Children and Young People
New support to help parents improve their childrens early language and literacy skills at home before they start school have been announced today (30 April) by Education Secretary Damian Hinds.
Two schemes will build the confidence of parents to support their children in language and reading at an early stage. This has been shown to help close the so-called word gap - the gap in communication skills between disadvantaged children and their peers when they start school.
A new 5million scheme will be run by the Education Endowment Foundation (EEF) to trial projects to provide practical tools and advice to parents so they can help their children learn new words through simple steps like reading and singing nursery rhymes.
Alongside this, an 8.5million programme has opened for local authorities to fund projects to improve early language and literacy development for disadvantaged children.
Education Secretary Damian Hinds said:
This Government wants every child to have the best start in life which means mastering the basics of speaking, reading and writing at an early age. It is important that parents and families can feel confident about supporting their children so they can start school with the appropriate level of language and social skills.
This new support will help parents with early language learning at home by giving them practical advice on activities like reading and learning the alphabet which are so important in making sure no child is left behind.
Through the hard work of teachers and the governments reforms, academic standards are rising with 1.9 million more children in schools rated good or outstanding than in 2010 and the attainment gap is narrowing in both primary and secondary school. English children are also rising up the international literacy league tables from an early age, helping to make Britain a country fit for the future.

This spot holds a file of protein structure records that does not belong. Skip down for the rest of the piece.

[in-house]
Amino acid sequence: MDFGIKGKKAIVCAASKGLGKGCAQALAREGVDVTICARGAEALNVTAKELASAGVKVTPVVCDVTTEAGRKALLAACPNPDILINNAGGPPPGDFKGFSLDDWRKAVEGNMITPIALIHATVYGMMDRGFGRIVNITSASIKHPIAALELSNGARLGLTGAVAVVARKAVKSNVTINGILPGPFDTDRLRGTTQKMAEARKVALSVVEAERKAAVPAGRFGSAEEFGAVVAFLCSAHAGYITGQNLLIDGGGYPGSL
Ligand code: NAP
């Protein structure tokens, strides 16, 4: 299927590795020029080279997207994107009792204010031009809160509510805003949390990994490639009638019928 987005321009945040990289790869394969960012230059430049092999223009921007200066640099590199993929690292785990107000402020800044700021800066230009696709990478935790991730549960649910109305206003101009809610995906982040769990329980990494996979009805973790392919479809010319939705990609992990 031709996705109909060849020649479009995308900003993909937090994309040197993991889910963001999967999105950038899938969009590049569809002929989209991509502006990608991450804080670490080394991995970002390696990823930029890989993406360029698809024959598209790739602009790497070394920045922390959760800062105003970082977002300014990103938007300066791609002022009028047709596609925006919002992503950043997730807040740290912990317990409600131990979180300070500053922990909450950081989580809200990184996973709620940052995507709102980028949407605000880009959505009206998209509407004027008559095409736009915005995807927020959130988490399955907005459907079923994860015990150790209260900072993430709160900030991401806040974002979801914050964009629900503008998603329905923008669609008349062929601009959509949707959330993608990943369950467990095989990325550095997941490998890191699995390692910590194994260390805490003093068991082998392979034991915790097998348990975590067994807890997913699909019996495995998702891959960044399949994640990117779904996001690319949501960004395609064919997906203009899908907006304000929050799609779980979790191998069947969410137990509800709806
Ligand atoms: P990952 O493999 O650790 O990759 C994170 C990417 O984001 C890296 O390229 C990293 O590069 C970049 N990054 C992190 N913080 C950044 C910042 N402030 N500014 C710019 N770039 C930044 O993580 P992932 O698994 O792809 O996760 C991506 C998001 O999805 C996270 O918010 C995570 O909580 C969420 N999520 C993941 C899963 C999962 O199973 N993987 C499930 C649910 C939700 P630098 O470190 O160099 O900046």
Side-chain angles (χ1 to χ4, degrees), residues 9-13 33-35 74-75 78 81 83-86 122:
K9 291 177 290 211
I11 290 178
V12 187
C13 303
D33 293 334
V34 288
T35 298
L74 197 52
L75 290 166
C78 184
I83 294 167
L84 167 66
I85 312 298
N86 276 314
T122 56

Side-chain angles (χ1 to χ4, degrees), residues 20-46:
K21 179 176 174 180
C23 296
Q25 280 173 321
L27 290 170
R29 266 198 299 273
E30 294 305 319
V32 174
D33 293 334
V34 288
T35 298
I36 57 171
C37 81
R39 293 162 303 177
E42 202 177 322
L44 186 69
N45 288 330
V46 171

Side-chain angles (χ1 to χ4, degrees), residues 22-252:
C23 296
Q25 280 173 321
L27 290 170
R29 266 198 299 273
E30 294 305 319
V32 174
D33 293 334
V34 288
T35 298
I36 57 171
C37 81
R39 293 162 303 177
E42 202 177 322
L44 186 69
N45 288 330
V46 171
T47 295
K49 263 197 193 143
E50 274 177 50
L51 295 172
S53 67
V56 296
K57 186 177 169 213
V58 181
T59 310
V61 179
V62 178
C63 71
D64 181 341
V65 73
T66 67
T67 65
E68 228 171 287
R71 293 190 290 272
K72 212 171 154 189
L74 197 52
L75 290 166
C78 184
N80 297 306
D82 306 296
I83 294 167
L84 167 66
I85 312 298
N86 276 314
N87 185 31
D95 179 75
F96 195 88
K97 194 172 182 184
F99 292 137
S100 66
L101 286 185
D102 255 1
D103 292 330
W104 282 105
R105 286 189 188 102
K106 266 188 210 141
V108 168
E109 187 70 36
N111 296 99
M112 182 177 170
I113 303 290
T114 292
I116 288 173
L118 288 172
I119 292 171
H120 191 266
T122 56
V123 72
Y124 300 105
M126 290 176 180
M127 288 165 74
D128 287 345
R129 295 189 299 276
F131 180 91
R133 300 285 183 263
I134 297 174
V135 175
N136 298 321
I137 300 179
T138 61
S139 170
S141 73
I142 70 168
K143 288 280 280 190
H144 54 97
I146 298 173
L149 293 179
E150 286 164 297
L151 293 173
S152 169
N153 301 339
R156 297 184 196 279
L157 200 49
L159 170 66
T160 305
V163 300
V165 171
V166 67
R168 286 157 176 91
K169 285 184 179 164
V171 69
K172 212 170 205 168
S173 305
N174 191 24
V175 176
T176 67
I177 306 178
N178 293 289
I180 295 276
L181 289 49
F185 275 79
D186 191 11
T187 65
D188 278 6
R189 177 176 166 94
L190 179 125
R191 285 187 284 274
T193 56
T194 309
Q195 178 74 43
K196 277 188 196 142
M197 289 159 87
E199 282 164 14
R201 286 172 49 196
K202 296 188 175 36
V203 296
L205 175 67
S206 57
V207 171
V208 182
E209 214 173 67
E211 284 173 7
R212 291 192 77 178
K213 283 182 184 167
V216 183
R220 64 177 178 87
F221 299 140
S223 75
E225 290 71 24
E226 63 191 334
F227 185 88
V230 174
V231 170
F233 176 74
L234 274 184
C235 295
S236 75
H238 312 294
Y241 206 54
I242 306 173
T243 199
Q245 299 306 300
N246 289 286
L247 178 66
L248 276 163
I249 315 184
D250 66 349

Despite this progress, too many children arrive at school struggling with language and social skills, putting them at a disadvantage when they begin their formal education and making it harder for them to master the fundamentals of reading that other children take for granted.
Over the past 40 years, the amount of time parents spend on development activities, such as playing and reading with their children has risen from 23 minutes per day to 80 minutes, but research shows that three year olds from certain backgrounds are 37 percentage points less likely to be read to every day than their peers.
The EEF will trial projects in the north of England, looking at what works best in improving childrens communication skills at home before they begin school, a key part of the governments ambition to give every child the best start in life.
The projects aim to give parents and carers the tools to widen childrens language, vocabulary and social skills in the pre-school years to tackle the word gap that exists between disadvantaged children and their better off peers at age five, and there is evidence that shows this has a long term effect on educational outcomes.
First announced in the governments social mobility action plan Unlocking Talent, Fulfilling Potential, published in December, these measures target support in areas that need it the most - ensuring equality of opportunity for children and young people and laying the foundations to give them an excellent education.
Sir Kevan Collins, CEO of the Education Endowment Foundation, said:
Parents care very much about the future of their children, whatever their background or wherever they come from. But it can sometimes be difficult to get them involved in their childs learning and we know little about how to do this well.
By testing different ways of tackling issues like the early years word gap, this new fund will give us much needed information about how we can give parents the tools they need to give their child the very best start in life.
In a separate drive to aid social mobility, the government has also committed 8.5million to a new Early Years Social Mobility Peer Review Programme with the Local Government Association, which will see councils working together to improve outcomes for disadvantaged children.
Councillor Roy Perry, Vice Chairman of the Local Government Associations Children and Young People Board, said:
We are very pleased that the Government has announced funding for a new LGA peer review programme of sector-led support which will share and promote good practice and knowledge across councils.
Councils are absolutely determined to make sure that children get the best start in life. This is why we need to close the word gap in the early years, by focussing on key early language and literacy skills, so that all children